The literature on risk management in agrarian economies has predominantly focused on the use of assets to buffer consumption against income shocks. However, households in certain low-income, high-risk environments confront asset as well as income shocks. This study investigates livestock sales behavior in an environment where both income and asset shocks occur. The nature of each type of shock is analyzed, and their respective impact on sales behavior is identified. Results indicate income and asset shocks are positively correlated, but influence sales in an offsetting fashion. This provides a possible explanation for the limited empirical support found by previous studies investigating the role of livestock sales in buffering consumption. Marketing and savings institutions that reduce vulnerability to asset shocks in addition to income shocks offer the potential to reduce household risk exposure.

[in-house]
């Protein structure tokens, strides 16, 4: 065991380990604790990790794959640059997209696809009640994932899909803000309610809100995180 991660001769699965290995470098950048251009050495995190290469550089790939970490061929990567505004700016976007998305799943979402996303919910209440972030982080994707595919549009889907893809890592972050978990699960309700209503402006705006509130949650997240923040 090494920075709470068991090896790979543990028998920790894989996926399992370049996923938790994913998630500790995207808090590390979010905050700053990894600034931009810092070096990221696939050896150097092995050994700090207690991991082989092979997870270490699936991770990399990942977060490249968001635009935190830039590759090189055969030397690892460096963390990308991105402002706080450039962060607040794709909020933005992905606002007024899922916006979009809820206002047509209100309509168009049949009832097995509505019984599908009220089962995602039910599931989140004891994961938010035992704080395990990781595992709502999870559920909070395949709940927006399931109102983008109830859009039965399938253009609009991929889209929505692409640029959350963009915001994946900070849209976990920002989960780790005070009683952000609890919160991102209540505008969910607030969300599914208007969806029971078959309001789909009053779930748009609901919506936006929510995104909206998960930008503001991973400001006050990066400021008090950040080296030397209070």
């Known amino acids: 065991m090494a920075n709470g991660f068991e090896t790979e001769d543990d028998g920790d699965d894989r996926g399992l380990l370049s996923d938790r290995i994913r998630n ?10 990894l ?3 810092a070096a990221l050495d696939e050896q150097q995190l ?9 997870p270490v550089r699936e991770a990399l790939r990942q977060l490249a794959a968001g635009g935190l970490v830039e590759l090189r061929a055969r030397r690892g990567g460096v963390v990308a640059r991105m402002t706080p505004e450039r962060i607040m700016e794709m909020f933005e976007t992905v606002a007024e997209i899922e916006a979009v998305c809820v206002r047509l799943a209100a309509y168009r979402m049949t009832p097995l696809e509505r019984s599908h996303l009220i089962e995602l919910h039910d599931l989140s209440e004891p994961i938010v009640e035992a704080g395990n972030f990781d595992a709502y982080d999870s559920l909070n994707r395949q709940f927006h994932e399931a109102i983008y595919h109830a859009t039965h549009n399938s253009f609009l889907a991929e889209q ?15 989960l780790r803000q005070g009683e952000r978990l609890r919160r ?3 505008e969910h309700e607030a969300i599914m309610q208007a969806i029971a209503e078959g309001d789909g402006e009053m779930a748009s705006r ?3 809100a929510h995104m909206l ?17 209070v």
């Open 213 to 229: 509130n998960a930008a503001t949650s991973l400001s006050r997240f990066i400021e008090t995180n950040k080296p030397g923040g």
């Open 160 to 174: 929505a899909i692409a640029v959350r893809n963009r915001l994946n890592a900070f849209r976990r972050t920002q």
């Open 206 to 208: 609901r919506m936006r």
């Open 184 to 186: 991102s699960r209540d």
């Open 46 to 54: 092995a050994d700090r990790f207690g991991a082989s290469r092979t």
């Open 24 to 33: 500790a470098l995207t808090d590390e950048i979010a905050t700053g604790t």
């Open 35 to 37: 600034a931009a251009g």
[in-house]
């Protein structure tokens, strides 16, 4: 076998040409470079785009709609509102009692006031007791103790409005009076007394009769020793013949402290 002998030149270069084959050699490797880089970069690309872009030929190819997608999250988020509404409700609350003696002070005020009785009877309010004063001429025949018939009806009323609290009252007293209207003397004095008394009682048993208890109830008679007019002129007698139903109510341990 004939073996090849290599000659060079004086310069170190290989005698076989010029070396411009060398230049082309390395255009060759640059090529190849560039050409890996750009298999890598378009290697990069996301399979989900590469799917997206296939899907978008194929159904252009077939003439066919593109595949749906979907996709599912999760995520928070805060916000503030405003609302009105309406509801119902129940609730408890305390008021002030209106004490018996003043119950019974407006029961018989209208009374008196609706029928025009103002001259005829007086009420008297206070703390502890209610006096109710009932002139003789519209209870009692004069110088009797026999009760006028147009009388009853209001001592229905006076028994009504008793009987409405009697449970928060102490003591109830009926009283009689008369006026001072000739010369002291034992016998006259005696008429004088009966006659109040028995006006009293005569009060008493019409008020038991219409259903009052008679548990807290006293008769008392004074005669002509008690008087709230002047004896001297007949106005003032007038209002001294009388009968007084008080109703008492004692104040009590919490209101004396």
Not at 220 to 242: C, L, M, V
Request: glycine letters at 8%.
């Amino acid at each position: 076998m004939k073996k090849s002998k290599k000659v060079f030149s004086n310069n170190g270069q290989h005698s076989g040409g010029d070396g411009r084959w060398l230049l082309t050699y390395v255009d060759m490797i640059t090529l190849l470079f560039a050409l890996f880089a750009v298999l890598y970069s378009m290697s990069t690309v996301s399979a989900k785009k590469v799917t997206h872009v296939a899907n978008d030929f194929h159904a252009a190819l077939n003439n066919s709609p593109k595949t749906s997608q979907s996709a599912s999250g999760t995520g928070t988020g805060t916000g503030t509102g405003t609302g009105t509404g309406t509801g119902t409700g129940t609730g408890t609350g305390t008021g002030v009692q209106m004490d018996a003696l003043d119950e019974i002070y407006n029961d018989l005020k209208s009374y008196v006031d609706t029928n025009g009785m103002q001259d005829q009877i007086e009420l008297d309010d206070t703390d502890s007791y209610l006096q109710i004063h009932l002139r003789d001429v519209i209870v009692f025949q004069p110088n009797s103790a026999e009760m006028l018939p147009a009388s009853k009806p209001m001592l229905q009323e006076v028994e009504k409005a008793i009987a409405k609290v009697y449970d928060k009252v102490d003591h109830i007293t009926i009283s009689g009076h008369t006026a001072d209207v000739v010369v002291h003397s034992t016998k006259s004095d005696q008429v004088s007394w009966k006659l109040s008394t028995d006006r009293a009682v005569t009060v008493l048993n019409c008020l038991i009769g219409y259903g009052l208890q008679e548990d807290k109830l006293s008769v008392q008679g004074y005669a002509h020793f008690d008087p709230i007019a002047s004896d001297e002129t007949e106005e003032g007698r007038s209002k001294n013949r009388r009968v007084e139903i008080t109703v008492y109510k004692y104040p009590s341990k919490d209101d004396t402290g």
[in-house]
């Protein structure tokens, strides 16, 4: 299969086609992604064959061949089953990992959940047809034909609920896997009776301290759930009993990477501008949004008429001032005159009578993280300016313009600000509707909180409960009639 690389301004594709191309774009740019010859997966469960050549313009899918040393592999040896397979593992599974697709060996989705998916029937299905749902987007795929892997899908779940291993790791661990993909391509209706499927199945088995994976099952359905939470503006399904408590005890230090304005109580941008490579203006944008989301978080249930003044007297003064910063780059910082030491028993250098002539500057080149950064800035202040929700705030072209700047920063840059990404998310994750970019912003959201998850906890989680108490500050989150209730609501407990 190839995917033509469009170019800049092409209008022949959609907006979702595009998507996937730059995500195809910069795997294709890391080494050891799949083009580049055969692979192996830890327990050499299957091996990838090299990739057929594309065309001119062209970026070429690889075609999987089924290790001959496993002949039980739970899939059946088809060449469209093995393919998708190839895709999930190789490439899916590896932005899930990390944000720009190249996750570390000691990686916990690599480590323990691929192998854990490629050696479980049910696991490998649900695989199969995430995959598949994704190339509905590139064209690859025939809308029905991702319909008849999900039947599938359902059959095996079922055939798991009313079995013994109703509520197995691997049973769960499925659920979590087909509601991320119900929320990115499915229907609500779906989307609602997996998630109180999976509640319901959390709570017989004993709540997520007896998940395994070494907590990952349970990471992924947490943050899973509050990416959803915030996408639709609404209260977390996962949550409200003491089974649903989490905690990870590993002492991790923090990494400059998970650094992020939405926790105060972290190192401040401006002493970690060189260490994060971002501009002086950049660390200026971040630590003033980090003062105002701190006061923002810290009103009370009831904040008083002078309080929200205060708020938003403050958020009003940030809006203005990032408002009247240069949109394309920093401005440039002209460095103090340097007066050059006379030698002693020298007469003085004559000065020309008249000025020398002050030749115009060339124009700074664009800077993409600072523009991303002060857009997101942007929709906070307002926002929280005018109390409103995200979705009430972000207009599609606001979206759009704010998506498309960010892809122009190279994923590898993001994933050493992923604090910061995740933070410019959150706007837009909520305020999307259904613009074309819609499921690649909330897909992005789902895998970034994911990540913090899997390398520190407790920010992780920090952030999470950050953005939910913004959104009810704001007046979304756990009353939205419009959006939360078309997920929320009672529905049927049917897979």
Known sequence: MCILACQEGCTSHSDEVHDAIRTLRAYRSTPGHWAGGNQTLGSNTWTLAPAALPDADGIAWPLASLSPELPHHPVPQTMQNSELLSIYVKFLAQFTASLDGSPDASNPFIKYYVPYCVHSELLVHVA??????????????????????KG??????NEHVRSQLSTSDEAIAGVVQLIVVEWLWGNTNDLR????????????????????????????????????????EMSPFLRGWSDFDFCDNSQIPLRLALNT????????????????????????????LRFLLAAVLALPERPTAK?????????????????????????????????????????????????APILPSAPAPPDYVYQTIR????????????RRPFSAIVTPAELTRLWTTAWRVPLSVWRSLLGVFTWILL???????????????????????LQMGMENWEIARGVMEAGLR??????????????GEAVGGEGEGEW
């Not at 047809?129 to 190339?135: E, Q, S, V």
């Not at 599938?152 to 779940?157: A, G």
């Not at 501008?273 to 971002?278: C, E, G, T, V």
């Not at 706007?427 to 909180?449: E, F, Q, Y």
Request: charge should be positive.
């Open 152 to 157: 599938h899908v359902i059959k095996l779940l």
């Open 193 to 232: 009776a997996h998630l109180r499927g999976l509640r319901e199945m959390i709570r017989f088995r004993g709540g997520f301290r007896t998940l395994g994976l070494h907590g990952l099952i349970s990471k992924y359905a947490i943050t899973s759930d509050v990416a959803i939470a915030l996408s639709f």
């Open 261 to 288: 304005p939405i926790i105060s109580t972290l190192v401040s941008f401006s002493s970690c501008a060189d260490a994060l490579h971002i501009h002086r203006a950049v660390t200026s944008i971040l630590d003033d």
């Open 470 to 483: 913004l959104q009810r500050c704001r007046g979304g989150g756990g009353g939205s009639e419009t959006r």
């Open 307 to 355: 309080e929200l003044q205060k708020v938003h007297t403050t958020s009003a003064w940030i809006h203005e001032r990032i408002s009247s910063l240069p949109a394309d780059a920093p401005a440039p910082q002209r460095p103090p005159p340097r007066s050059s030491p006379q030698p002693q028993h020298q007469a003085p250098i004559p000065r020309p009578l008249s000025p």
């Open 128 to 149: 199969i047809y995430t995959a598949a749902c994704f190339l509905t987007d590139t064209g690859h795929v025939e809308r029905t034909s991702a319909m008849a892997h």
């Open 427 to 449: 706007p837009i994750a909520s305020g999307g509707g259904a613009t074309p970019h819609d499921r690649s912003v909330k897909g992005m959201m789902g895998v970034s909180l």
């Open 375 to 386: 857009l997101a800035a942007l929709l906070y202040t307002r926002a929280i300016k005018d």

ASJC Scopus subject areas
- Economics and Econometrics